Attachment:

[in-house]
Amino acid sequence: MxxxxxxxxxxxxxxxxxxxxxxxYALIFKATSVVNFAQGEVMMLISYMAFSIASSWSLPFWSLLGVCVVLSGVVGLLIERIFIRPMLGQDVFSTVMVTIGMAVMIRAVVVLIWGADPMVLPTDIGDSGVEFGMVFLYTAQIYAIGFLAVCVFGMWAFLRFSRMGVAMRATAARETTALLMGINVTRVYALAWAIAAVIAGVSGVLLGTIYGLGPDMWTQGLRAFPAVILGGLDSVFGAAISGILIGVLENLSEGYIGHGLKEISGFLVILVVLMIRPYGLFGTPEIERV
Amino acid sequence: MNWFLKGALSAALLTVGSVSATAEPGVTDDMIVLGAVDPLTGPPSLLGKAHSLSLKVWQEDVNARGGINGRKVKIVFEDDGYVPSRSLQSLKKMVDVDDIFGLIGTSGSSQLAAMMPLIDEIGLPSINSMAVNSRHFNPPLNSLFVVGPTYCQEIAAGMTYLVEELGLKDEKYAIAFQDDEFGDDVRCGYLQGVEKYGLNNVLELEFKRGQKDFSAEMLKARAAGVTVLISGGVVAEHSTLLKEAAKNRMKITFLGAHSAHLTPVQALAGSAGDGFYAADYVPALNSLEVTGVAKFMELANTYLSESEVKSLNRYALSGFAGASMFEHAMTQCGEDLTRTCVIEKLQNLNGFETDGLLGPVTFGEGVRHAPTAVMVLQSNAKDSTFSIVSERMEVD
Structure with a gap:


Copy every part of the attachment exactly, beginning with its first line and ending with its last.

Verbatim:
[in-house]
Amino acid sequence: MxxxxxxxxxxxxxxxxxxxxxxxYALIFKATSVVNFAQGEVMMLISYMAFSIASSWSLPFWSLLGVCVVLSGVVGLLIERIFIRPMLGQDVFSTVMVTIGMAVMIRAVVVLIWGADPMVLPTDIGDSGVEFGMVFLYTAQIYAIGFLAVCVFGMWAFLRFSRMGVAMRATAARETTALLMGINVTRVYALAWAIAAVIAGVSGVLLGTIYGLGPDMWTQGLRAFPAVILGGLDSVFGAAISGILIGVLENLSEGYIGHGLKEISGFLVILVVLMIRPYGLFGTPEIERV
Amino acid sequence: MNWFLKGALSAALLTVGSVSATAEPGVTDDMIVLGAVDPLTGPPSLLGKAHSLSLKVWQEDVNARGGINGRKVKIVFEDDGYVPSRSLQSLKKMVDVDDIFGLIGTSGSSQLAAMMPLIDEIGLPSINSMAVNSRHFNPPLNSLFVVGPTYCQEIAAGMTYLVEELGLKDEKYAIAFQDDEFGDDVRCGYLQGVEKYGLNNVLELEFKRGQKDFSAEMLKARAAGVTVLISGGVVAEHSTLLKEAAKNRMKITFLGAHSAHLTPVQALAGSAGDGFYAADYVPALNSLEVTGVAKFMELANTYLSESEVKSLNRYALSGFAGASMFEHAMTQCGEDLTRTCVIEKLQNLNGFETDGLLGPVTFGEGVRHAPTAVMVLQSNAKDSTFSIVSERMEVD
Structure with a gap: